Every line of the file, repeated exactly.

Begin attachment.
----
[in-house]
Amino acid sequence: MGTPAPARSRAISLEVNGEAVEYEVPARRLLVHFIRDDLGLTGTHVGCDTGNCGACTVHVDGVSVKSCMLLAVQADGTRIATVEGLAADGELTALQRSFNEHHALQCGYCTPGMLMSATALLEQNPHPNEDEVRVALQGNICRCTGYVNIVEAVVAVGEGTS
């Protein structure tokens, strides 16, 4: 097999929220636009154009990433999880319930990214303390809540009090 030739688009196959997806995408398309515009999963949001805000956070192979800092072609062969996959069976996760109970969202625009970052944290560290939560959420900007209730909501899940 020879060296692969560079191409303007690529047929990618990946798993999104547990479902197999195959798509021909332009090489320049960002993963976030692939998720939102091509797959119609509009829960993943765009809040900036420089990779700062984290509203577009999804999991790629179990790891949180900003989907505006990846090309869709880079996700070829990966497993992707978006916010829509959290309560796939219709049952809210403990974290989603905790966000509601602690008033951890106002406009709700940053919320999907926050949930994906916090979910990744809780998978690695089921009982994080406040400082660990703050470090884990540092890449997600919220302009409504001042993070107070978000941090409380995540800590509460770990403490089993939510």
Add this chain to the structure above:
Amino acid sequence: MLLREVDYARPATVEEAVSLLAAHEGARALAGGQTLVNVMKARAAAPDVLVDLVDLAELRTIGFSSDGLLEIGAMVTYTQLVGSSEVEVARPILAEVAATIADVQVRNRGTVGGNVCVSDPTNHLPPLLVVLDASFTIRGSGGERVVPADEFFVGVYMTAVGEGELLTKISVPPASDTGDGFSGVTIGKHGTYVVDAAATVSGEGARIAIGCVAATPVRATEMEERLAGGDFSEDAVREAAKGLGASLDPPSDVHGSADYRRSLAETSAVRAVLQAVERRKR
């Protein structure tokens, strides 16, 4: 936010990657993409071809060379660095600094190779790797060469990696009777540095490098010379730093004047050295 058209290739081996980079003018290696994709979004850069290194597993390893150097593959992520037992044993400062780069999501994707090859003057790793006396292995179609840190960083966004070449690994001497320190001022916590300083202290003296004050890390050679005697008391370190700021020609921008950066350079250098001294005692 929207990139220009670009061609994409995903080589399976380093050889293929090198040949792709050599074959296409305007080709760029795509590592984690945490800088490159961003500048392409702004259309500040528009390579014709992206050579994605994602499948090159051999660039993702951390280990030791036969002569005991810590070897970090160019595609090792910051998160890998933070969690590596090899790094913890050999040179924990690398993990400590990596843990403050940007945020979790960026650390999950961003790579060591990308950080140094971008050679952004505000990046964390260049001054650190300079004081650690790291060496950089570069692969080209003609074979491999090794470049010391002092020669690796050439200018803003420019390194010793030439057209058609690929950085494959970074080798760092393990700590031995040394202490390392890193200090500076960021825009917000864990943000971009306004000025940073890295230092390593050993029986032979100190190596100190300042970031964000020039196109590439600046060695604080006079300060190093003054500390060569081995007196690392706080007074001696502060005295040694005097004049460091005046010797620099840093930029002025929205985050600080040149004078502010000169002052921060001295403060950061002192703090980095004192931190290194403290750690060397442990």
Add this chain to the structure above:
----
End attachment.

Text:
[in-house]
Amino acid sequence: MGTPAPARSRAISLEVNGEAVEYEVPARRLLVHFIRDDLGLTGTHVGCDTGNCGACTVHVDGVSVKSCMLLAVQADGTRIATVEGLAADGELTALQRSFNEHHALQCGYCTPGMLMSATALLEQNPHPNEDEVRVALQGNICRCTGYVNIVEAVVAVGEGTS
């Protein structure tokens, strides 16, 4: 097999929220636009154009990433999880319930990214303390809540009090 030739688009196959997806995408398309515009999963949001805000956070192979800092072609062969996959069976996760109970969202625009970052944290560290939560959420900007209730909501899940 020879060296692969560079191409303007690529047929990618990946798993999104547990479902197999195959798509021909332009090489320049960002993963976030692939998720939102091509797959119609509009829960993943765009809040900036420089990779700062984290509203577009999804999991790629179990790891949180900003989907505006990846090309869709880079996700070829990966497993992707978006916010829509959290309560796939219709049952809210403990974290989603905790966000509601602690008033951890106002406009709700940053919320999907926050949930994906916090979910990744809780998978690695089921009982994080406040400082660990703050470090884990540092890449997600919220302009409504001042993070107070978000941090409380995540800590509460770990403490089993939510």
Add this chain to the structure above:
Amino acid sequence: MLLREVDYARPATVEEAVSLLAAHEGARALAGGQTLVNVMKARAAAPDVLVDLVDLAELRTIGFSSDGLLEIGAMVTYTQLVGSSEVEVARPILAEVAATIADVQVRNRGTVGGNVCVSDPTNHLPPLLVVLDASFTIRGSGGERVVPADEFFVGVYMTAVGEGELLTKISVPPASDTGDGFSGVTIGKHGTYVVDAAATVSGEGARIAIGCVAATPVRATEMEERLAGGDFSEDAVREAAKGLGASLDPPSDVHGSADYRRSLAETSAVRAVLQAVERRKR
């Protein structure tokens, strides 16, 4: 936010990657993409071809060379660095600094190779790797060469990696009777540095490098010379730093004047050295 058209290739081996980079003018290696994709979004850069290194597993390893150097593959992520037992044993400062780069999501994707090859003057790793006396292995179609840190960083966004070449690994001497320190001022916590300083202290003296004050890390050679005697008391370190700021020609921008950066350079250098001294005692 929207990139220009670009061609994409995903080589399976380093050889293929090198040949792709050599074959296409305007080709760029795509590592984690945490800088490159961003500048392409702004259309500040528009390579014709992206050579994605994602499948090159051999660039993702951390280990030791036969002569005991810590070897970090160019595609090792910051998160890998933070969690590596090899790094913890050999040179924990690398993990400590990596843990403050940007945020979790960026650390999950961003790579060591990308950080140094971008050679952004505000990046964390260049001054650190300079004081650690790291060496950089570069692969080209003609074979491999090794470049010391002092020669690796050439200018803003420019390194010793030439057209058609690929950085494959970074080798760092393990700590031995040394202490390392890193200090500076960021825009917000864990943000971009306004000025940073890295230092390593050993029986032979100190190596100190300042970031964000020039196109590439600046060695604080006079300060190093003054500390060569081995007196690392706080007074001696502060005295040694005097004049460091005046010797620099840093930029002025929205985050600080040149004078502010000169002052921060001295403060950061002192703090980095004192931190290194403290750690060397442990």
Add this chain to the structure above: